TCRN Travel story | Briana Clifford 2017 R1 Conference Grant

14 August 2017
ACSM_B.Clifford Nexus Travel

Brianna Clifford has attended the American College of Sports Medicine (ASCM) Annual Scientific Meeting in an effort to understand more about how to ensure the research has a tangible impact on the quality of life for cancer survivors "The translational potential of our research is in the clinical application of exercise to manage chronic pain in cancer survivors."


Q&A

Could you tell us a bit about yourself and your research?

I am a third year PhD candidate at the University of New South Wales and an Accredited Exercise Physiologist. In my final years of undergraduate study, I had a particular interest in the role of exercise in the management and care of cancer patients and survivors and decided to pursue a career in research in this area. The main topic of my research aims to investigate the effect of exercise on systemic inflammation in cancer survivors and a range of other outcomes associated with increased systemic inflammation such as reduced quality of life and increased pain sensitivity.

 

Could you tell us about the conference you went to and why you chose to attend this conference?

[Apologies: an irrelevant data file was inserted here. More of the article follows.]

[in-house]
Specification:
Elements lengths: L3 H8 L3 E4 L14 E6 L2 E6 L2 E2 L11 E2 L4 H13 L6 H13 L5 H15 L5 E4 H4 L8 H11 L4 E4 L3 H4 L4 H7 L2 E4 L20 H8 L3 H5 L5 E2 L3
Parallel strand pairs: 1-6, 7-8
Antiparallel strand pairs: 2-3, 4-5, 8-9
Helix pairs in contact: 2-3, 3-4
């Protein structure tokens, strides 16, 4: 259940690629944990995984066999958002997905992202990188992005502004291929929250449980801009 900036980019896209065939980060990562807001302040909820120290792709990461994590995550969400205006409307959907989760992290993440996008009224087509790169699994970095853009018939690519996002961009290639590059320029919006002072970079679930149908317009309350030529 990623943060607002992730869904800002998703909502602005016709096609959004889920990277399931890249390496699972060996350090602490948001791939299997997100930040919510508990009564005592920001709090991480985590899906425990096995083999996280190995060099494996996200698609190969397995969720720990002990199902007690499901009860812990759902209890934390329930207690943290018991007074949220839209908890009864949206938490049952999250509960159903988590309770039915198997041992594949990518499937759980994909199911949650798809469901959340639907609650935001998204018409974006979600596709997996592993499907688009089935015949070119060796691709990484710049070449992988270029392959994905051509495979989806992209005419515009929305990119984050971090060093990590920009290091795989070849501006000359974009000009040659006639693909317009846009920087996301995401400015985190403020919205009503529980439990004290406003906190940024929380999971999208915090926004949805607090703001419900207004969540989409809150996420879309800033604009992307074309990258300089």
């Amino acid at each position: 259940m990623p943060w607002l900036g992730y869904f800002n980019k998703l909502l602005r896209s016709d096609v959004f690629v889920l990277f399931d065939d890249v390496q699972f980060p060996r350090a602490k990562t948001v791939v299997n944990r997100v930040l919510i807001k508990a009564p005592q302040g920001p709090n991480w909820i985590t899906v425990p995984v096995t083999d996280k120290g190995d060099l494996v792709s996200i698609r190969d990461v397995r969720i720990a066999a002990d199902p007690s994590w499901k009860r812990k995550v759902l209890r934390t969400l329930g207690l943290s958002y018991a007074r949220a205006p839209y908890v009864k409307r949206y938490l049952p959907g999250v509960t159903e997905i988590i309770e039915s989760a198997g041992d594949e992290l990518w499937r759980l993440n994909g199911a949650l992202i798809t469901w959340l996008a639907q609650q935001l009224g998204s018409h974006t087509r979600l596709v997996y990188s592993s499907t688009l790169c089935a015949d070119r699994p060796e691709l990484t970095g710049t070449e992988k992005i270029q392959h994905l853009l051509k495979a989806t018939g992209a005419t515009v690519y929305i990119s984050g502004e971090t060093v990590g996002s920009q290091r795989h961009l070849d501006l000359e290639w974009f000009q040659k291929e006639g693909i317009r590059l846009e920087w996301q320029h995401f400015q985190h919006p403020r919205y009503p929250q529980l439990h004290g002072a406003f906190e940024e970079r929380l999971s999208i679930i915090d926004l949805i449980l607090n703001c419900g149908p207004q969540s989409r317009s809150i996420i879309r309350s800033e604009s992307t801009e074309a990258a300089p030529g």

The conference I attended was the American College of Sports Medicine (ACSM) Annual Scientific Meeting. It is one of the largest Sports medicine and exercise science meetings in the world which hosts around 6000 exercise scientists from around the globe. Currently, in Australia, we follow the ACSM guidelines regarding prescription of exercise for cancer patients and survivors and the conference hosted some of the most renowned researchers in the exercise-oncology field. I valued the opportunity to attend a meeting which showcased some of the most current research affecting cancer patients and survivors, as well as the continued research into the role that exercise can play in the management of cancer survivor’s health.

 

What would be the most important outcomes of the conference for you – key learnings, or people you met, new collaboration, etc.

I became a part of the Cancer Special Interest Group which hosts a focussed forum for discussion and collaboration amongst exercise -oncology researchers. Meeting fellow members of this group has laid the groundwork for the opportunity for collaborations in the future.

 

Could you tell us about your presentation at the conference?